When Liz Bradford was a student at the University of Texas, one of her friends’ parents took her out on a boat on Lake Travis.


"I saw this amazing house on the lake and thought, ’What in the world was that?’" she says.


It was a house that she would dream about for decades, even after she moved to Dallas, and after she returned to the Austin area and bought one of the first homes built in Lakeway.


People have called "that house" on the lake the Mushroom House, the Nautilus House, some kind of spaceship and the Sand Dollar House. From above, it most looks like a sand dollar, though, she says.


"This house is iconic," she says. "To me, it’s probably the most iconic house on the lake. You can’t miss it."


She always wanted to buy it, even though she had never been inside.


When it went on the market in fall 2017, Bradford finally got her chance to look inside.


When she went to view it with a real estate agent, she says, "I felt it in my bones. I was standing in the kitchen. It just hit me: ’We have got to live in this house.’ It is so special," she says.


It was better than she had imagined from all her times looking up at it from the lake.


She bought it in January 2018, even though she and her husband had just finished a renovation on their own home and even though it would mean downsizing to a 2,240-square-foot house, about half the size of where they lived.


The Austin-based Weird Homes Tour has been letting folks into unusual spaces around the country once a week via Instagram and YouTube since the coronavirus pandemic began.


Now it’s bringing back the full Austin Weird Homes Tour, but instead of seeing the homes in person, ticket holders will be seeing them virtually.


You’ll see a tiny treehouse, a former bank, a home with a giraffe collection, one with an indoor pool, one that has mysterious objects to contact the afterlife, one filled with pop culture objects, one that is an art studio and the Sand Dollar House.


The Sand Dollar House was designed in 1979 by John Covert Watson, who had studied architecture under Frank Lloyd Wright. It was built for artist Eugenia Hunt as a second home.


Many of its details resemble Frank Lloyd Wright projects like the Guggenheim Museum in New York. Bradford is still finding little elements, little hidden details, all the time.


It was built for an artist, but it is art itself.


"I can really appreciate what the architect was thinking and doing and trying to create in this house," Bradford says.


The Sand Dollar House is considered organic modern architecture. It’s made of gunite (what swimming pools are constructed out of) and steel. Most of its walls are curved, and they’re all white. It’s an interior design challenge, for sure.


Bradford sold all their existing house furniture to find pieces that fit the modern style of this house. A lot of pieces she found at Design Within Reach.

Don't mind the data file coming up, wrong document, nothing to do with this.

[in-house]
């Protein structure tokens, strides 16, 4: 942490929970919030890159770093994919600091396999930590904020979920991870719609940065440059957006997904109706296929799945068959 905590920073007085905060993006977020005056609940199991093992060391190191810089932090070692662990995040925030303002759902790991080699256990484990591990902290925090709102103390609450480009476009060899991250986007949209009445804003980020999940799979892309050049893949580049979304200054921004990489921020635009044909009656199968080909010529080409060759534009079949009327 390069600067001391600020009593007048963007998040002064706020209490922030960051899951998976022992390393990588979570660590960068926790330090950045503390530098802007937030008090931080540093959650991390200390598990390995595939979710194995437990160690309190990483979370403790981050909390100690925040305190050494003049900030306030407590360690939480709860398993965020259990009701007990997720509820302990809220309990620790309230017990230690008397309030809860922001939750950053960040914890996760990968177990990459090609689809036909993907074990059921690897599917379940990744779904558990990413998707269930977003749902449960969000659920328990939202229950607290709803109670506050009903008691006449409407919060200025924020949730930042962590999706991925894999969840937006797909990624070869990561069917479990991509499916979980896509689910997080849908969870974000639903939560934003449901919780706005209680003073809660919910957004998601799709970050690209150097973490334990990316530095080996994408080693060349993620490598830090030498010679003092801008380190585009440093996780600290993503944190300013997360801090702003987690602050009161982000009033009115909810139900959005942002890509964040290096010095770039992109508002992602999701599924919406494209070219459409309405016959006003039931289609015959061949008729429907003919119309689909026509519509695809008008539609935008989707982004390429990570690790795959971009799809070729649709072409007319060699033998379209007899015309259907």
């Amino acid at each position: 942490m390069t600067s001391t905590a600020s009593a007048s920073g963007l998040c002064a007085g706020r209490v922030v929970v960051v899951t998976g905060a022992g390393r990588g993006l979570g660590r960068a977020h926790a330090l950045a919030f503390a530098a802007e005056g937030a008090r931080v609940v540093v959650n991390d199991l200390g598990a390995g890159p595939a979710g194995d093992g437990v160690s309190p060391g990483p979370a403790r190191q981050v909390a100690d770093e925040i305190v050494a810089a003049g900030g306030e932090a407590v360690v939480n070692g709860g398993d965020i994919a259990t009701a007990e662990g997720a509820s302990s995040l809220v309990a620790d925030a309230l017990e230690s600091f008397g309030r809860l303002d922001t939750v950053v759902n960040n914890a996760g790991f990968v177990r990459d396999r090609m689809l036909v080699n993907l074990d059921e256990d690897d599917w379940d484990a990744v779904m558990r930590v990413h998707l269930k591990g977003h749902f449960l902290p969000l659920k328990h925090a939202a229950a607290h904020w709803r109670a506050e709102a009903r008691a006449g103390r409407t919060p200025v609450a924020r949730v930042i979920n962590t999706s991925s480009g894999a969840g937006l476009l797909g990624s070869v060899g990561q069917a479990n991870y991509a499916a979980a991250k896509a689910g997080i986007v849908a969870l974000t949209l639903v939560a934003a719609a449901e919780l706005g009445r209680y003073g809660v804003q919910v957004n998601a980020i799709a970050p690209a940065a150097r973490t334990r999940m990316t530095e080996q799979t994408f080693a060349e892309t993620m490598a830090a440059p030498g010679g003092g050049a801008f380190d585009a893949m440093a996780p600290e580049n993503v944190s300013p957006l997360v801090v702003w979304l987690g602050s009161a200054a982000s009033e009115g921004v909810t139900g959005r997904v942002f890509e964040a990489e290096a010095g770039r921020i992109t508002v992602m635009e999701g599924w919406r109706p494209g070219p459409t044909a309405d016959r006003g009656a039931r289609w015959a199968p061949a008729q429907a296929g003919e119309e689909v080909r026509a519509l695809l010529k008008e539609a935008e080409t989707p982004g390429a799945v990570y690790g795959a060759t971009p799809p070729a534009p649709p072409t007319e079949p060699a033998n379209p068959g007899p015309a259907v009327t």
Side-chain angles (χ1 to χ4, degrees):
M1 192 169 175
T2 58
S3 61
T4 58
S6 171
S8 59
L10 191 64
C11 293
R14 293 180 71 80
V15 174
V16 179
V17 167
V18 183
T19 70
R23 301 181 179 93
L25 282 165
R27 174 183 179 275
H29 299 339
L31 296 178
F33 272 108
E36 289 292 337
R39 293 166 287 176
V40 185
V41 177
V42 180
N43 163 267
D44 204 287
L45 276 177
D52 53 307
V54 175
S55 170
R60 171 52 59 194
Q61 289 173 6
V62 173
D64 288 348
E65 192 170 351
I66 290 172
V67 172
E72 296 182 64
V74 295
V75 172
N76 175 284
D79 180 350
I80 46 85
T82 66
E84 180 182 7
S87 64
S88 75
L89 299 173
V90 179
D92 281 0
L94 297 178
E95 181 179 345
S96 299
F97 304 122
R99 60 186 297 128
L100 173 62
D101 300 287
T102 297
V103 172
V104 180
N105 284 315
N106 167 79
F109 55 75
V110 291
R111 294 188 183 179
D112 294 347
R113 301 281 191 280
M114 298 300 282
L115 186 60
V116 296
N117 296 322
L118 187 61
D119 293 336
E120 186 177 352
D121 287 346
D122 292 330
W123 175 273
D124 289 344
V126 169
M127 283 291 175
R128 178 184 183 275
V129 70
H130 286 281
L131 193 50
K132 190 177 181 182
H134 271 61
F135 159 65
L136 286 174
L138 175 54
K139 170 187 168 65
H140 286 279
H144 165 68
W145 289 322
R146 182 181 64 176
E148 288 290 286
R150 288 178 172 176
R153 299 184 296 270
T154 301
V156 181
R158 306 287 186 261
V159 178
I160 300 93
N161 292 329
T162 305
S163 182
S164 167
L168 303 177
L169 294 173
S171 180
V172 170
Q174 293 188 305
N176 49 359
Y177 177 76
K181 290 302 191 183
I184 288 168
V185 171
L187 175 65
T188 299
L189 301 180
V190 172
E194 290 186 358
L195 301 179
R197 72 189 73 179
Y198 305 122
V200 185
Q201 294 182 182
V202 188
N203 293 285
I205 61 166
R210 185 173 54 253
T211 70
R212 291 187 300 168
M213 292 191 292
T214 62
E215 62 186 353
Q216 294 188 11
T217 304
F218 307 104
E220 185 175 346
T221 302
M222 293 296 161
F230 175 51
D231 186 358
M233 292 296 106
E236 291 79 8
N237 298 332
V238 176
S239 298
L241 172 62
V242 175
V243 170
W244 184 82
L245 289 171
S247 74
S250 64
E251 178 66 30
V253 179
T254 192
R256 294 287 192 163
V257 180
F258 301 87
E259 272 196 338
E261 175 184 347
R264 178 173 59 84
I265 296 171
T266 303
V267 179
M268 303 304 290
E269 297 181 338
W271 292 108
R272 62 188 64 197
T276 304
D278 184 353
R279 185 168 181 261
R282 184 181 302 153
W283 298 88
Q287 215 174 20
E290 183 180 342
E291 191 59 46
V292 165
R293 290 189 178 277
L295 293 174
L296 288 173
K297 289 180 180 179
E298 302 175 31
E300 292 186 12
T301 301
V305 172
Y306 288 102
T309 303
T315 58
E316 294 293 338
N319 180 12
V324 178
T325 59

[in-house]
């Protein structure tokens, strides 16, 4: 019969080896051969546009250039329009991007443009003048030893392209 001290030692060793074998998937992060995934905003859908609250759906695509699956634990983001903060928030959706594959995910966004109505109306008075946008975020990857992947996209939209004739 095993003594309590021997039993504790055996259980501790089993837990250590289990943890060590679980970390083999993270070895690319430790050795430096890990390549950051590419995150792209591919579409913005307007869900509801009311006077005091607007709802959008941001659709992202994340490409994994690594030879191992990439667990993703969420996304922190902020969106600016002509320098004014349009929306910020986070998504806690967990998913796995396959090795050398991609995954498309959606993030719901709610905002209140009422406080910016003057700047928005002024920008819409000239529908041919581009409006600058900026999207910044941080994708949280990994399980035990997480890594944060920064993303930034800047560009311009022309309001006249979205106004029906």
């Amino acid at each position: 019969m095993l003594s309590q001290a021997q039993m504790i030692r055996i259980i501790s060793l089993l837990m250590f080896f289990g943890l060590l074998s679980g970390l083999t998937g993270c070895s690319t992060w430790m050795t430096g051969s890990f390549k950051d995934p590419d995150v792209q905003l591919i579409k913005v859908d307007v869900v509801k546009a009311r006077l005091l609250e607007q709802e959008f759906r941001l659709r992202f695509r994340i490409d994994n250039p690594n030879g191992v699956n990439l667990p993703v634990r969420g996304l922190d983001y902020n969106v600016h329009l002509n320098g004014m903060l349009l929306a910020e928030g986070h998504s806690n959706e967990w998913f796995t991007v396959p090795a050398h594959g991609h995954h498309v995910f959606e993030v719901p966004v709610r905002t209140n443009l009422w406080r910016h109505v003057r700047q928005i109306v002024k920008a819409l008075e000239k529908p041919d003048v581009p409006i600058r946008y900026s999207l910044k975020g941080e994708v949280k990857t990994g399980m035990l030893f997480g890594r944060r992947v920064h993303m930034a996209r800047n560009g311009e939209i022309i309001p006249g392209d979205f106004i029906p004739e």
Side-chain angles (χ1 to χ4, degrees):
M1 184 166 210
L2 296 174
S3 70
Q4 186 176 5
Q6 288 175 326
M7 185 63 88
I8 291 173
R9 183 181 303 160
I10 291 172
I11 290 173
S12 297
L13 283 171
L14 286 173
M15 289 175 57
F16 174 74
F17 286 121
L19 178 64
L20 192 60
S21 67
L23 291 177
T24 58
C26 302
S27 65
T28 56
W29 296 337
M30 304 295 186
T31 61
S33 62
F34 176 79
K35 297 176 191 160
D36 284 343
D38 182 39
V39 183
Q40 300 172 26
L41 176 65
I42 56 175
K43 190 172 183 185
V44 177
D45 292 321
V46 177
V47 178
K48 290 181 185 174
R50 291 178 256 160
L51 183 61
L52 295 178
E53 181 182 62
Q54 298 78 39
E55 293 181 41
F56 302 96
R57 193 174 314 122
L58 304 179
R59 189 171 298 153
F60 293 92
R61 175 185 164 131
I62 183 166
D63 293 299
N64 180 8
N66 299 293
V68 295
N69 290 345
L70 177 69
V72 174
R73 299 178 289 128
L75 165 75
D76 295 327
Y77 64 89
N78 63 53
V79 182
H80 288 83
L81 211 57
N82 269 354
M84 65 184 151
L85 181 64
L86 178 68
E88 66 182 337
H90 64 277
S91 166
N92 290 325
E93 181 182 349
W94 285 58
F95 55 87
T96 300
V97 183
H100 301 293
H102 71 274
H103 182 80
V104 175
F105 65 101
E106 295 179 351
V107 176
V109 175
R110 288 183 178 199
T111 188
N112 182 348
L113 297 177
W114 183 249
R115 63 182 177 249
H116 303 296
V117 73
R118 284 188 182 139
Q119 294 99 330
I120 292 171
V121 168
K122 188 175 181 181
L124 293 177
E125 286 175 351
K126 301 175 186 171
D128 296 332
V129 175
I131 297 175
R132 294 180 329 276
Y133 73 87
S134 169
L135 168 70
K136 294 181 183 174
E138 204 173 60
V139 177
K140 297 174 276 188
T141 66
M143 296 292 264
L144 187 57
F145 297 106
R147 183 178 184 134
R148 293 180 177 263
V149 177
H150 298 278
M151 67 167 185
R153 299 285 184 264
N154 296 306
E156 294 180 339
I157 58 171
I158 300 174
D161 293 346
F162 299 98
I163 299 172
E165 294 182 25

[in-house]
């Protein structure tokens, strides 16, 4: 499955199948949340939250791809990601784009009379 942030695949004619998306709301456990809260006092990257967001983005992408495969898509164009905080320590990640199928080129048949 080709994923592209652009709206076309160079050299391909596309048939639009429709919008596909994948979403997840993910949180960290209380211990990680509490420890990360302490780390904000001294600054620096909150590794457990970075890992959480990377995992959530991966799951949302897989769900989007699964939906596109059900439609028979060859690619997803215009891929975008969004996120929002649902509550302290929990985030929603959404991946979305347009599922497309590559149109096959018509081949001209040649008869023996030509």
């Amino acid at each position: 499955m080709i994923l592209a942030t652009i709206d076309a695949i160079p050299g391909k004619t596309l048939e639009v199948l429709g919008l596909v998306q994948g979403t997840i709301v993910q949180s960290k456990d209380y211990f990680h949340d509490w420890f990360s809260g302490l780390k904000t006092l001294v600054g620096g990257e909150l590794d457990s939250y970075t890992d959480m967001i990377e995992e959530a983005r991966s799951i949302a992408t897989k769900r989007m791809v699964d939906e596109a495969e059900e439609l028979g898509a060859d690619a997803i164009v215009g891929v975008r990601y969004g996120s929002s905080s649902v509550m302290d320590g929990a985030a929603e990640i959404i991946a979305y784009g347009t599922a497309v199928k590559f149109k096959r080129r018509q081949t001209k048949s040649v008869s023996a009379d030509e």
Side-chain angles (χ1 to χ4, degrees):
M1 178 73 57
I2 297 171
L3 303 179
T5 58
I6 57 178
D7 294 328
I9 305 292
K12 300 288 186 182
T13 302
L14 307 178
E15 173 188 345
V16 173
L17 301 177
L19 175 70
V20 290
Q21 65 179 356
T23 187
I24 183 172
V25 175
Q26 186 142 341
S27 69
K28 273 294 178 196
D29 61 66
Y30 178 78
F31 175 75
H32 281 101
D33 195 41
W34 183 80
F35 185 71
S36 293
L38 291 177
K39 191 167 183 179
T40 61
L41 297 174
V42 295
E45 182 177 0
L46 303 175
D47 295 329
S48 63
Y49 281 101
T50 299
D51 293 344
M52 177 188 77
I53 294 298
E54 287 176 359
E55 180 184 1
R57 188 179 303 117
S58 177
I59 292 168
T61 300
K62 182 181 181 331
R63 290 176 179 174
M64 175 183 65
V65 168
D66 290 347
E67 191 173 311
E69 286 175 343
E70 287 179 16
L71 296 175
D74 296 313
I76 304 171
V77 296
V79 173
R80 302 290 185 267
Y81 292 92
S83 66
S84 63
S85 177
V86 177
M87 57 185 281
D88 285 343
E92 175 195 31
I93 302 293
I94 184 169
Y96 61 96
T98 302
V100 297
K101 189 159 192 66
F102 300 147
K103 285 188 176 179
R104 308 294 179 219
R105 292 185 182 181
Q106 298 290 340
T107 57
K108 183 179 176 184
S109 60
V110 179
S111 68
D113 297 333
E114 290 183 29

The view is what blew Bradford away. Panoramic views can be appreciated from the kitchen, living room and the three bedrooms.


"Every day, I walk up the spiral staircase. ... It still takes my breath away. When visitors come to the front door, they have this same look."


It’s a great place to watch a storm come in off the lake, which was what Hunt noted in a piece of writing Bradford found.


It does come with its quirks. Bradford replaced all the windows to give it better insulation, but nothing was standard. She has yet to be able to find a solution to the broken Jacuzzi tub that is an unusual size.


"It’s definitely custom," as is everything in this house, Bradford says.


The hall closet is tucked into an alcove. Some of the white tile floor in a brick pattern is original. Other parts are newer. You can tell there was once green shag carpet.


Wood elements juxtapose the white gunite walls from doors with pocket holes or doorknobs to open shelving for dishes and artwork. Many of the knobs, light switches and other design features Bradford later recognized from her home when she went to the Guggenheim.


In the living room, a floating wood bench comes off of a curved wall. The fireplace mimics a kiva with a marble base.


The kitchen’s mix of small blue tiles and wood cabinets is second to the view of the lake below. The round kitchen juts out above a deck below.


The home’s most interesting feature is the spiral staircase with wood treads. Look up and see the teardrop-shaped skylights that look like you are inside a sand dollar. Underneath is a tucked-away reading nook.


All of the three bedrooms are on the bottom level. The bedrooms have windows and glass doors leading out to a series of porches.


"It’s a great house for entertaining," Bradford says. Even though it is smaller than her other house, guests spill onto the porches and decks and the trail to the water.


"We live in every part of this house," Bradford says. "We spend most of our time upstairs and out on the balcony overlooking the lake. It’s entertaining."


From all the home’s views, Bradford will often see folks slow down in their boats and look up at her, just like she did years before.


"I just wave," she says.


Even though this house doesn’t come with a ton of closet space or flat walls to hang artwork, and everything has to be done in a customized way, Bradford says, "I feel like it’s a privilege to live here. This house is very special."